Often time, pilots have no say in how airfield operations are handled, but listed below are some precautions that can be taken to make night flying safer and help protect night vision.
- Airfield lighting should be reduced to the lowest usable intensity.
- Maintenance personnel should practice light discipline with headlights and flashlights.
- Position the aircraft at a part of the airfield where the least amount of lighting exists.
- Select approach and departure routes that avoid highways and residential areas where illumination can impair night vision.
Night flight can be more fatiguing and stressful than day flight, and many self- imposed stressors can limit night vision. Pilots can control this type of stress by knowing the factors that can cause self-imposed stressors. Some of these factors are listed in the following paragraphs. [Figure 17-20]
Drugs can seriously degrade visual acuity during the day and especially at night. Pilots who become ill should consult an aviation medical examiner (AME) or flight surgeon as to which drugs are appropriate to take while flying.
Pilots who become fatigued during a night flight will not be mentally alert and will respond more slowly to situations requiring immediate action. Exhausted pilots tend to concentrate on one aspect of a situation without considering the total requirement. Their performance may become a safety hazard depending on the degree of fatigue and instead of using proper scanning techniques may get fixated on the instruments or stare off rather than multitask.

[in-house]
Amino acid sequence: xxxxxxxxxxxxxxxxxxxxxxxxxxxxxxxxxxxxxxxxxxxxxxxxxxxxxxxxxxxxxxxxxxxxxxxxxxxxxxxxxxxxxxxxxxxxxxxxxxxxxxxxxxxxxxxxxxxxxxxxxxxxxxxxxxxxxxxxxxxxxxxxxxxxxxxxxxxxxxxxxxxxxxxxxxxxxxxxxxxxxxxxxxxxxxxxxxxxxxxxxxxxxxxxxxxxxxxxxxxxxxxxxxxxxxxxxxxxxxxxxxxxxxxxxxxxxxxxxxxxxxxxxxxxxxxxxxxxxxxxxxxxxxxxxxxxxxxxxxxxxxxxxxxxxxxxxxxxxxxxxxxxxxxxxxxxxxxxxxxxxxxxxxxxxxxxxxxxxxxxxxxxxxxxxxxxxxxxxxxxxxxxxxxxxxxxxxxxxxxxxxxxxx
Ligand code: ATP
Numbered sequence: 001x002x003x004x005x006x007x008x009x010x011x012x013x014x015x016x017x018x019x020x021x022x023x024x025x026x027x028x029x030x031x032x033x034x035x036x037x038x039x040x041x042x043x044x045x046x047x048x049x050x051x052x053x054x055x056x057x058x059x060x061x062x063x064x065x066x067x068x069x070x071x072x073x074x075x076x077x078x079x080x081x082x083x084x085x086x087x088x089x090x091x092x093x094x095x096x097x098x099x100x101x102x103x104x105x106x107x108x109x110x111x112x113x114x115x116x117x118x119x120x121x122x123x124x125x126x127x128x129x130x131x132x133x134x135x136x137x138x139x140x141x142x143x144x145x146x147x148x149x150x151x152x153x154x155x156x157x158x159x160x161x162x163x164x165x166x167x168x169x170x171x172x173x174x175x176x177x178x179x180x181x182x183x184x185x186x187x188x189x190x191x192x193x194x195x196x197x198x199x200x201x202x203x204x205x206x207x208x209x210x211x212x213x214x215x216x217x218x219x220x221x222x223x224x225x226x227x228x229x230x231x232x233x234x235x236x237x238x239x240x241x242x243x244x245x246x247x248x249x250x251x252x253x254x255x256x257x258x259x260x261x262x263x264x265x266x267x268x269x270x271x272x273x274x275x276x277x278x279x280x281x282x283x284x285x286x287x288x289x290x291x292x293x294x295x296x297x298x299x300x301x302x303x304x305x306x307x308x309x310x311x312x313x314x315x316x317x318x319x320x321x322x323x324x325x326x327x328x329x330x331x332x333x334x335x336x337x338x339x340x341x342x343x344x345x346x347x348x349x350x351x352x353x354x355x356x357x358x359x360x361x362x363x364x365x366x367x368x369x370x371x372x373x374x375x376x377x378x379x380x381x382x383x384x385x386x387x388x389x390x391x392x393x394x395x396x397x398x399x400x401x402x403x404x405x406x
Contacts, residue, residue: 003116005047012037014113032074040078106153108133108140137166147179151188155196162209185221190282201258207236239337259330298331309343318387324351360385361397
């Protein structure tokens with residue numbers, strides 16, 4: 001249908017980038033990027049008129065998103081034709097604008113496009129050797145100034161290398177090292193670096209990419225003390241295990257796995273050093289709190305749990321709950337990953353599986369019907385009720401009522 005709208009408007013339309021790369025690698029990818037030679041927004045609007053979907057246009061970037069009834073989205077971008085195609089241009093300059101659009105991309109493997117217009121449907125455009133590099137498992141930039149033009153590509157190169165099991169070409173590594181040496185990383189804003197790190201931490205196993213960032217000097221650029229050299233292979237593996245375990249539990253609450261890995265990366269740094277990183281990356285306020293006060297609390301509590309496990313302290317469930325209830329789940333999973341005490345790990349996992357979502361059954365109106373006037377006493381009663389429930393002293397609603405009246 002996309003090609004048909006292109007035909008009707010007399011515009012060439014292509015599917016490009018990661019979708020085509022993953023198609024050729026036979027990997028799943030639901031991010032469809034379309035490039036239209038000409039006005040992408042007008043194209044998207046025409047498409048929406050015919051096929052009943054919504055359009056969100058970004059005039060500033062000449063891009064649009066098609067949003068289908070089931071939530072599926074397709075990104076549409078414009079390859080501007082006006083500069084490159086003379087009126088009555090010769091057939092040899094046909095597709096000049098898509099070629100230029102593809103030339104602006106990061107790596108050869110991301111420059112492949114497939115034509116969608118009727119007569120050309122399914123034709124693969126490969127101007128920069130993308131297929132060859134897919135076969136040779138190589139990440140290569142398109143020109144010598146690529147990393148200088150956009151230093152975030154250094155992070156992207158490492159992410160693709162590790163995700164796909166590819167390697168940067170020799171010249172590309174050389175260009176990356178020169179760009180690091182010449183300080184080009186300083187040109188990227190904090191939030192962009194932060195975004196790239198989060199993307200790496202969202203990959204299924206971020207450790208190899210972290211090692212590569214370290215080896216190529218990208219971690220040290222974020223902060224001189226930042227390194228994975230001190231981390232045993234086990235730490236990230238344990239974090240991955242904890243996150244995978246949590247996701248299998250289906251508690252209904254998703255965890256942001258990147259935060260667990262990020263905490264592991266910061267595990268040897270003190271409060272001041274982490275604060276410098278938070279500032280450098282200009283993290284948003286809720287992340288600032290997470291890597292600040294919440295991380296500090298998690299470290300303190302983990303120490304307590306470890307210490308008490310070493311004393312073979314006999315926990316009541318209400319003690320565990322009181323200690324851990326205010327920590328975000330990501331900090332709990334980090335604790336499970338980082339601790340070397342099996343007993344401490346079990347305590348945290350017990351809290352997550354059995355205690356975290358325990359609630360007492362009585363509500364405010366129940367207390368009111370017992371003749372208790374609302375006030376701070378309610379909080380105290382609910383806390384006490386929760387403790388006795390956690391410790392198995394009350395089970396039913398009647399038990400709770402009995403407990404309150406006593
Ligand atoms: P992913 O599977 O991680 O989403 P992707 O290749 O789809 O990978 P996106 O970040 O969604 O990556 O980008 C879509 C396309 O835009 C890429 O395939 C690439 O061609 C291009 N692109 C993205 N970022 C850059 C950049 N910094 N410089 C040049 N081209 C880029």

Poor Physical Conditioning
To overcome poor physical conditioning, pilots should participate in regular exercise programs. People who are physically fit become less fatigued during flight and have better night scanning efficiency. However, too much exercise in a given day may leave crew members too fatigued for night flying.
Alcohol is a sedative and its use impairs both coordination and judgment. As a result, pilots who are impaired by alcohol fail to apply the proper techniques of night vision. They are likely to stare at objects and to neglect scanning techniques. The amount of alcohol consumed determines the degree to which night vision is affected. The effects of alcohol are long lasting and the residual effects of alcohol can also impair visual scanning efficiency.